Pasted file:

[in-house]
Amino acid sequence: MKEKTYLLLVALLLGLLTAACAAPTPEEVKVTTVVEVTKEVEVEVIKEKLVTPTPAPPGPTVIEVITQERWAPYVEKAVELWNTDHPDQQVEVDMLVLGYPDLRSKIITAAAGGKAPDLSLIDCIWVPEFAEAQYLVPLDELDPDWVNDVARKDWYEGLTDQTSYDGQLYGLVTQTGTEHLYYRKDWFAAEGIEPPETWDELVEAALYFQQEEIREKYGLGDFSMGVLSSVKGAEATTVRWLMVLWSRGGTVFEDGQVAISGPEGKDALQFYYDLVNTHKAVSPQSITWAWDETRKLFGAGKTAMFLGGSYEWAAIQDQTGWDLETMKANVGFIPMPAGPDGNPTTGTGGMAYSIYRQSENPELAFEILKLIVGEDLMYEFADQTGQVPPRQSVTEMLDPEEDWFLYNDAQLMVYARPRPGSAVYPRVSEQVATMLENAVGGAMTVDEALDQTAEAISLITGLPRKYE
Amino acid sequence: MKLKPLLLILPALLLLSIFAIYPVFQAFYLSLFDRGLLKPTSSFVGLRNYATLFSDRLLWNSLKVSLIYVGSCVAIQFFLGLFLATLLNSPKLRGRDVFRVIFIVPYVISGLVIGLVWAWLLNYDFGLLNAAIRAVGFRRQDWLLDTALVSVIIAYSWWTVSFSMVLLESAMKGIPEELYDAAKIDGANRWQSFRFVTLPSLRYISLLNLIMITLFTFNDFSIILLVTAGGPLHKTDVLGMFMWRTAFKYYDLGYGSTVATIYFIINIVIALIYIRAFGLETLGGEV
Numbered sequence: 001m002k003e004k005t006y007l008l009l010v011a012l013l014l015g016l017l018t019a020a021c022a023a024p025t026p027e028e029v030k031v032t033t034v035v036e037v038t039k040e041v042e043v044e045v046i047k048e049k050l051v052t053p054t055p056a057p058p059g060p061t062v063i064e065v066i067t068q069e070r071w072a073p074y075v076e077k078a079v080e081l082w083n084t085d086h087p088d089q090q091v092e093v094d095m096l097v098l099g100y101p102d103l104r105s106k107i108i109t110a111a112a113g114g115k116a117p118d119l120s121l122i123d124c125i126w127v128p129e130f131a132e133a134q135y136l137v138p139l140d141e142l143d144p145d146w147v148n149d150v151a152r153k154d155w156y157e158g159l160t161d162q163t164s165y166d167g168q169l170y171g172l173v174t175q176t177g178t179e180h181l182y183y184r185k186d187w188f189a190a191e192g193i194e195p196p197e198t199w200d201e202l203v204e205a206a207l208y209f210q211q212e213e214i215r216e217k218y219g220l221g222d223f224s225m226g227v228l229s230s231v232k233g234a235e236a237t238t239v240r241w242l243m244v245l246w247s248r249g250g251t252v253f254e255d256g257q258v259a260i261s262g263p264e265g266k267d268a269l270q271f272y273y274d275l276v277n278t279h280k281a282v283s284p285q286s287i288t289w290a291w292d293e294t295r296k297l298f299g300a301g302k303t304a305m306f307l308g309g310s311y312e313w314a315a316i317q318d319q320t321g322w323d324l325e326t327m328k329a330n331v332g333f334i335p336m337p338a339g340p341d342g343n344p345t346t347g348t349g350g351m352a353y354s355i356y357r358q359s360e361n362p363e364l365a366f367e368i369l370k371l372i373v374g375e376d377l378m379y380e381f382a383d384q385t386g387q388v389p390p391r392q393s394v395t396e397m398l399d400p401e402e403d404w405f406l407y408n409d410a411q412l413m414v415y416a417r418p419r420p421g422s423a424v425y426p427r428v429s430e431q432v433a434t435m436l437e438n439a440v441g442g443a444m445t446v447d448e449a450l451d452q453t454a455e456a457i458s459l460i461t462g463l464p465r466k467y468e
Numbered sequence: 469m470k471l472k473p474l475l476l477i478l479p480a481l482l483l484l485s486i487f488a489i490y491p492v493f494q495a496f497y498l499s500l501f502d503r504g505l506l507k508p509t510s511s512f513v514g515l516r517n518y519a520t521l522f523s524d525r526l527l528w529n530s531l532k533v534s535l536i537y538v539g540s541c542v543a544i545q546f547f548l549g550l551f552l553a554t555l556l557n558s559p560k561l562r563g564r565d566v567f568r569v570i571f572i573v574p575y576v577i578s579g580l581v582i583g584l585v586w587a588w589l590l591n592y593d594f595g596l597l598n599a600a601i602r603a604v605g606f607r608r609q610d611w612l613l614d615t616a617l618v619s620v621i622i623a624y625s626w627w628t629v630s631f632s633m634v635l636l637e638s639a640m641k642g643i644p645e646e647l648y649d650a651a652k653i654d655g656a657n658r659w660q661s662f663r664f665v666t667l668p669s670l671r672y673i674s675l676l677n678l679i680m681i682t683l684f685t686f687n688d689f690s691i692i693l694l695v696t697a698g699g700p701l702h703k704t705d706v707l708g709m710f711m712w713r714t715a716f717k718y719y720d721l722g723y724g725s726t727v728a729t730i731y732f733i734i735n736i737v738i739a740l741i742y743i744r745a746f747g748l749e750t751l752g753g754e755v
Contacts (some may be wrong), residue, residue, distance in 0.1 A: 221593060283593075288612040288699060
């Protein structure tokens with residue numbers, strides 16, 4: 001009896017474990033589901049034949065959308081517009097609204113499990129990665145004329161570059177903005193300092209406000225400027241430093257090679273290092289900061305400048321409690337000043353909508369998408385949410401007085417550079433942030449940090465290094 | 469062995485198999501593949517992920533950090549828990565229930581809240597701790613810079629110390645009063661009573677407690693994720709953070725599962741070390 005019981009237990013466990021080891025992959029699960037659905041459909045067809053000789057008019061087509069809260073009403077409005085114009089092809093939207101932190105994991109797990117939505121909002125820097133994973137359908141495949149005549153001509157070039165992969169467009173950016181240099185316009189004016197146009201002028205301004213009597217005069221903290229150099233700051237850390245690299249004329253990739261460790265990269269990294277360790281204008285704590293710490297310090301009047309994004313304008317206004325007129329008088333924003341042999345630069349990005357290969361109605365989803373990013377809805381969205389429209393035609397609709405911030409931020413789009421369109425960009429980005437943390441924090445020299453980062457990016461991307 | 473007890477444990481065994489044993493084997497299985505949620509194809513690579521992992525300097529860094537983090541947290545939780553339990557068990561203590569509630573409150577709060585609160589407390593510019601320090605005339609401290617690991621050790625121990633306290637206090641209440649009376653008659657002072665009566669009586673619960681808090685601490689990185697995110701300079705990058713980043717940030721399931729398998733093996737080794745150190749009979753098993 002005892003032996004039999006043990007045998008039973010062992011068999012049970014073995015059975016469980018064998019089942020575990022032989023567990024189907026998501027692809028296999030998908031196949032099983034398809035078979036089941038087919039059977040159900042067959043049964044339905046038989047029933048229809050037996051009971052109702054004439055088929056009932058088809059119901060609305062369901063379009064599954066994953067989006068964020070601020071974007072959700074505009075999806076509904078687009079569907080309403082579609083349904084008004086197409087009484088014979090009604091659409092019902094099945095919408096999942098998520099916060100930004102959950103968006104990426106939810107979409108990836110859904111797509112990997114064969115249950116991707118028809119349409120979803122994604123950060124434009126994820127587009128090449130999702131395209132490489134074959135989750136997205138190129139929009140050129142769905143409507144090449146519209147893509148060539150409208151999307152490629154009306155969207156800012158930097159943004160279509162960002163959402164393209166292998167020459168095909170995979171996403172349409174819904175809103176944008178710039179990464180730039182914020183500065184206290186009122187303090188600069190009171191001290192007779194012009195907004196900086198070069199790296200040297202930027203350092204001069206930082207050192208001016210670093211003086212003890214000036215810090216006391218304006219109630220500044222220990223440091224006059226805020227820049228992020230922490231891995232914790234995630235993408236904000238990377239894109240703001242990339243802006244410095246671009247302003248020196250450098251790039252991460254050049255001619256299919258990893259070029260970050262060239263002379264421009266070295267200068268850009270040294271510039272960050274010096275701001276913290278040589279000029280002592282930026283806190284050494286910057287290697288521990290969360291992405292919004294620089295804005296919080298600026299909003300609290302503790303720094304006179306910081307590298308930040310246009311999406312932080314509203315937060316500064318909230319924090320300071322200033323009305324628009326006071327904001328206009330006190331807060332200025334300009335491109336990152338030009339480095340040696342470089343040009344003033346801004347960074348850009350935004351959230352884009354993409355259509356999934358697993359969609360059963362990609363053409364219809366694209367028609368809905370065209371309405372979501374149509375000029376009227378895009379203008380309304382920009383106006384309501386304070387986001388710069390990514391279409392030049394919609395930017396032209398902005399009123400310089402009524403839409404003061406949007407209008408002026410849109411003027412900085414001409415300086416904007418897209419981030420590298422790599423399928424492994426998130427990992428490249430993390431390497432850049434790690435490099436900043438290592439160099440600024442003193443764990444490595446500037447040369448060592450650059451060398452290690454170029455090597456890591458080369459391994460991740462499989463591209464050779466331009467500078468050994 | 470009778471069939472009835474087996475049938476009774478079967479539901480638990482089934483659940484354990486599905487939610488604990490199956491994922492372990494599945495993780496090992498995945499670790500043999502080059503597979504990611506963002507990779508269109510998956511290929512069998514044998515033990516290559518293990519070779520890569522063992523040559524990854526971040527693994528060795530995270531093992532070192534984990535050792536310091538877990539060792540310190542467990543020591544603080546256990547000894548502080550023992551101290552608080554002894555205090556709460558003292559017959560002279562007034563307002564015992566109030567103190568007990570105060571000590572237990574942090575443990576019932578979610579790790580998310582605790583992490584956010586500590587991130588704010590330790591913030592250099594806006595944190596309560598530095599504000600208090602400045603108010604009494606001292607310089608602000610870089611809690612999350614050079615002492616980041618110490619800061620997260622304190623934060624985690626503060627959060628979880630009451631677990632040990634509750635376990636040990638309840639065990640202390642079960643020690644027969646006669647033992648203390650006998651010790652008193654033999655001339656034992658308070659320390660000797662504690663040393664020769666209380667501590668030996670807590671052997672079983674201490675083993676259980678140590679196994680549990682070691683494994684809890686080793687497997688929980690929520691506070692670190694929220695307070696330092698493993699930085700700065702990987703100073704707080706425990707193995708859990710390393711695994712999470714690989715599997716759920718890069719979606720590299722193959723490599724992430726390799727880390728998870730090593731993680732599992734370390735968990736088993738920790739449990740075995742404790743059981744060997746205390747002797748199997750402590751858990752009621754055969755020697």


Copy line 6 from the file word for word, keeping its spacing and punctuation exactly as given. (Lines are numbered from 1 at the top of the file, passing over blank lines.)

Contacts (some may be wrong), residue, residue, distance in 0.1 A: 221593060283593075288612040288699060